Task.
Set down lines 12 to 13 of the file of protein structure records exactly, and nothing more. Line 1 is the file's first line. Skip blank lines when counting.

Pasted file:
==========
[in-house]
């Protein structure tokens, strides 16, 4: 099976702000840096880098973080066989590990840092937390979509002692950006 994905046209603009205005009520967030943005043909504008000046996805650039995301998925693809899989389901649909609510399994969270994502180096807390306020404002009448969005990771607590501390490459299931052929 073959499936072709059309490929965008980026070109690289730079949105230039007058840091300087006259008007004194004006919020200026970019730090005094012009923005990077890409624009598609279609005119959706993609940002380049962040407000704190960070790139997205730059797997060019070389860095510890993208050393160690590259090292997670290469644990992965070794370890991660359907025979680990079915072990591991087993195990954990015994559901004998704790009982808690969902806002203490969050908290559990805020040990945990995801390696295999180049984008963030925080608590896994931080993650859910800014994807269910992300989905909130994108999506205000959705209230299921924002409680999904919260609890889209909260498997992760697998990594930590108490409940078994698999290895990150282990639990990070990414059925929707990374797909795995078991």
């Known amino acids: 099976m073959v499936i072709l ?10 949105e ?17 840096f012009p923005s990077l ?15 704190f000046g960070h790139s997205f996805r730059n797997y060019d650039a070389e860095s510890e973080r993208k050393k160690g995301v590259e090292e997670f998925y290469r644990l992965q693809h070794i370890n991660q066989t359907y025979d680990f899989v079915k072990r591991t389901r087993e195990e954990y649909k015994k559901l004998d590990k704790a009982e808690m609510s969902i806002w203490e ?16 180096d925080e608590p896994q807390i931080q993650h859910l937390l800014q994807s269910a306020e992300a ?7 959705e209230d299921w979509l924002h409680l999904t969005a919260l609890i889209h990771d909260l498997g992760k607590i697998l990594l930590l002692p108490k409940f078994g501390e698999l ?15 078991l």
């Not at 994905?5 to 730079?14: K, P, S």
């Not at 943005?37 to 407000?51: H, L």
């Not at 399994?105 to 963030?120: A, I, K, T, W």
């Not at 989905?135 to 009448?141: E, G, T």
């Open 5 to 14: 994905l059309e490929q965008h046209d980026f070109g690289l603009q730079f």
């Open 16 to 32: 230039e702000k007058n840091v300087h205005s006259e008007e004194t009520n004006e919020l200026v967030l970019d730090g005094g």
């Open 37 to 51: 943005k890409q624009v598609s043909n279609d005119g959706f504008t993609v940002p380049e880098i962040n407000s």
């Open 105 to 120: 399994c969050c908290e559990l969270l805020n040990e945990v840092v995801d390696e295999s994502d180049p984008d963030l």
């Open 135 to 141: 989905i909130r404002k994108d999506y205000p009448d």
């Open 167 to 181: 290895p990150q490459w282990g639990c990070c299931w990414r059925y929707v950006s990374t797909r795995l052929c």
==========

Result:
């Open 135 to 141: 989905i909130r404002k994108d999506y205000p009448d």
């Open 167 to 181: 290895p990150q490459w282990g639990c990070c299931w990414r059925y929707v950006s990374t797909r795995l052929c």